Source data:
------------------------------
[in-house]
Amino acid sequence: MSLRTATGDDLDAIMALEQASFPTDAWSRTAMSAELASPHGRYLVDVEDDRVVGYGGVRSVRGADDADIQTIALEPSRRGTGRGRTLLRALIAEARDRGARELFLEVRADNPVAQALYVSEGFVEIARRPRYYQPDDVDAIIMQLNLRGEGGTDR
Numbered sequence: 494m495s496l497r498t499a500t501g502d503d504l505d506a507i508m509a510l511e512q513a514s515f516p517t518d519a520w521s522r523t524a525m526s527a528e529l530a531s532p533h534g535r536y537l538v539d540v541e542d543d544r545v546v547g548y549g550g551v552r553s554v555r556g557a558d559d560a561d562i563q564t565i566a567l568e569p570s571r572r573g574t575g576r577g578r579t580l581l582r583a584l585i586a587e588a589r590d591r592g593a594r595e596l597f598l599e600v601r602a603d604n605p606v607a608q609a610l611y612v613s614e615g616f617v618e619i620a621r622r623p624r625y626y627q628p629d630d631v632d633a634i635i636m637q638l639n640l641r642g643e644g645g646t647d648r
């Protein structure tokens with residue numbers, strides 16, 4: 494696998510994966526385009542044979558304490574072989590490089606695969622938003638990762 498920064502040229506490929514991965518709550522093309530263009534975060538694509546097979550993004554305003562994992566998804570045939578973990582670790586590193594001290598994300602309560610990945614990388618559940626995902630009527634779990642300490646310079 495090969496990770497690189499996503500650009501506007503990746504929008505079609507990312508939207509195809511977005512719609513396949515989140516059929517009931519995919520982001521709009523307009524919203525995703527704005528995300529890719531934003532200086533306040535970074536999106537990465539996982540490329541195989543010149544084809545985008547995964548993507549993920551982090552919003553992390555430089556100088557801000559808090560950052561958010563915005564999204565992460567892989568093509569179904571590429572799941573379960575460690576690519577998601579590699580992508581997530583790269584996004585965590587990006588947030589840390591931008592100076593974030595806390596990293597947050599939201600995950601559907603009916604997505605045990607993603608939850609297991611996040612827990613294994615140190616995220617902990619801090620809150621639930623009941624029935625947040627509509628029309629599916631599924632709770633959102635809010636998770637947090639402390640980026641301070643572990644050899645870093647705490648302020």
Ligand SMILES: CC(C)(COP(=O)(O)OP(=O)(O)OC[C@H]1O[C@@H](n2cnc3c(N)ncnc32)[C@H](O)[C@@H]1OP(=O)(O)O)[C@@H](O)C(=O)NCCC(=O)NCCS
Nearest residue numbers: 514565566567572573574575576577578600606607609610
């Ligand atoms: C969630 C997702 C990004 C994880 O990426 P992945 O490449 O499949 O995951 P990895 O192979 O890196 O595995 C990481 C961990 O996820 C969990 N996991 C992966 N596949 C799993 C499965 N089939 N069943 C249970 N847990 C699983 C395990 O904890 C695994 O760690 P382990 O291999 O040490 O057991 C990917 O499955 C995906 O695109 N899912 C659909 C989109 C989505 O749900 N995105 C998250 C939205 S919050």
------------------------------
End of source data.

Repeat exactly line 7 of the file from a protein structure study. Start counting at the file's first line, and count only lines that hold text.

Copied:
């Ligand atoms: C969630 C997702 C990004 C994880 O990426 P992945 O490449 O499949 O995951 P990895 O192979 O890196 O595995 C990481 C961990 O996820 C969990 N996991 C992966 N596949 C799993 C499965 N089939 N069943 C249970 N847990 C699983 C395990 O904890 C695994 O760690 P382990 O291999 O040490 O057991 C990917 O499955 C995906 O695109 N899912 C659909 C989109 C989505 O749900 N995105 C998250 C939205 S919050």